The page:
The European Commission has been looking into the situation in Poland. It is mainly concerned about developments affecting the country's constitutional tribunal. Three judges who were nominated for the tribunal by the previous Polish parliament are prevented from taking office. Some of the tribunal's decisions have not been published by Poland's official journal, while the new law on the constitutional tribunal adopted in July raises concerns about how the tribunal will be able to function effectively.
Slovakian State Secretary for European Affairs Ivan Korčok, speaking on behalf of the Slovak Council presidency, talked about the importance of fundamental rights: "Both the independence of tribunals and freedom and pluralism of media are indispensable elements in ensuring the rule of law in a democratic society."
Commission Vice-President Frans Timmermans discussed the crisis with the Polish Constitutional Tribunal: its composition, the need to ensure all of its decisions are published automatically and the importance of it being to function effectively. "At the moment the dispute remains unresolved," he said, adding that the Commission was ready to continue the dialogue with the Polish authorities.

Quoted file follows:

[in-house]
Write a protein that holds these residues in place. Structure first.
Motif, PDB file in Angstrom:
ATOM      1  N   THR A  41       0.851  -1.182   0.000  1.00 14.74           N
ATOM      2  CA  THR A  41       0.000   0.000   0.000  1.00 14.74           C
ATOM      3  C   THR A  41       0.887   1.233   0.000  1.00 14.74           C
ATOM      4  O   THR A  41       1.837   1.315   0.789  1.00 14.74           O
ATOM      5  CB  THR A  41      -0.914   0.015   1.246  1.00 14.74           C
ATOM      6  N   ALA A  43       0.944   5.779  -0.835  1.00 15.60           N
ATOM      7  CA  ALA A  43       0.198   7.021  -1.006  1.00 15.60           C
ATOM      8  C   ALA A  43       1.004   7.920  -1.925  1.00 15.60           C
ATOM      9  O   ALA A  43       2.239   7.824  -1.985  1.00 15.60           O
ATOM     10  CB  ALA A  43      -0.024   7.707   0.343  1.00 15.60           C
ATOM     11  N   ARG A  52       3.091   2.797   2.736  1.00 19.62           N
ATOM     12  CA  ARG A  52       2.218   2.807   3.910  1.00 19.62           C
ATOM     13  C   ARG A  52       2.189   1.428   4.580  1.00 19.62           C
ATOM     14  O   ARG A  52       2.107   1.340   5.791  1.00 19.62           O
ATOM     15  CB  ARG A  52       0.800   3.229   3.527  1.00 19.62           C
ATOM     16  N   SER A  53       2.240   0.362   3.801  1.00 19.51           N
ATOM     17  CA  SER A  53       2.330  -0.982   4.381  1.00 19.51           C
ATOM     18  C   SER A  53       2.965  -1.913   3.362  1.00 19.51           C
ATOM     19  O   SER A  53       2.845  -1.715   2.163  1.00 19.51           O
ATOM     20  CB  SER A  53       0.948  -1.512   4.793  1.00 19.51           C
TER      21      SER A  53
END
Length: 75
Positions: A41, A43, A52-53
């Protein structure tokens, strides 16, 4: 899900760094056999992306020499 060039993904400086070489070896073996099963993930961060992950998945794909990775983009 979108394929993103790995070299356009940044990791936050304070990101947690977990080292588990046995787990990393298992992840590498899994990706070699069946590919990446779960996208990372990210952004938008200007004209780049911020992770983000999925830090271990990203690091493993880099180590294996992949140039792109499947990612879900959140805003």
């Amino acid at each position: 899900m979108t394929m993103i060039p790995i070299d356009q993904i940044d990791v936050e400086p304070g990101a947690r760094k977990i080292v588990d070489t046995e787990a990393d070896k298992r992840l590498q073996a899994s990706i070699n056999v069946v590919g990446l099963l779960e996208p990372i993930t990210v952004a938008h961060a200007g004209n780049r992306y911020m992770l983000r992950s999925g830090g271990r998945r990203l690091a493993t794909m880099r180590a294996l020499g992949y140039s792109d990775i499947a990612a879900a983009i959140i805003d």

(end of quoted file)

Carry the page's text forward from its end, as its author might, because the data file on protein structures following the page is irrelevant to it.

“Leave Poland alone. The whole debate is a brutal attack on my fatherland," said Polish EFDD member Robert Iwaszkiewicz.. “It is not Poland which is the problem for Europe, rather the disastrous policies of the European elites with Merkel and Hollande."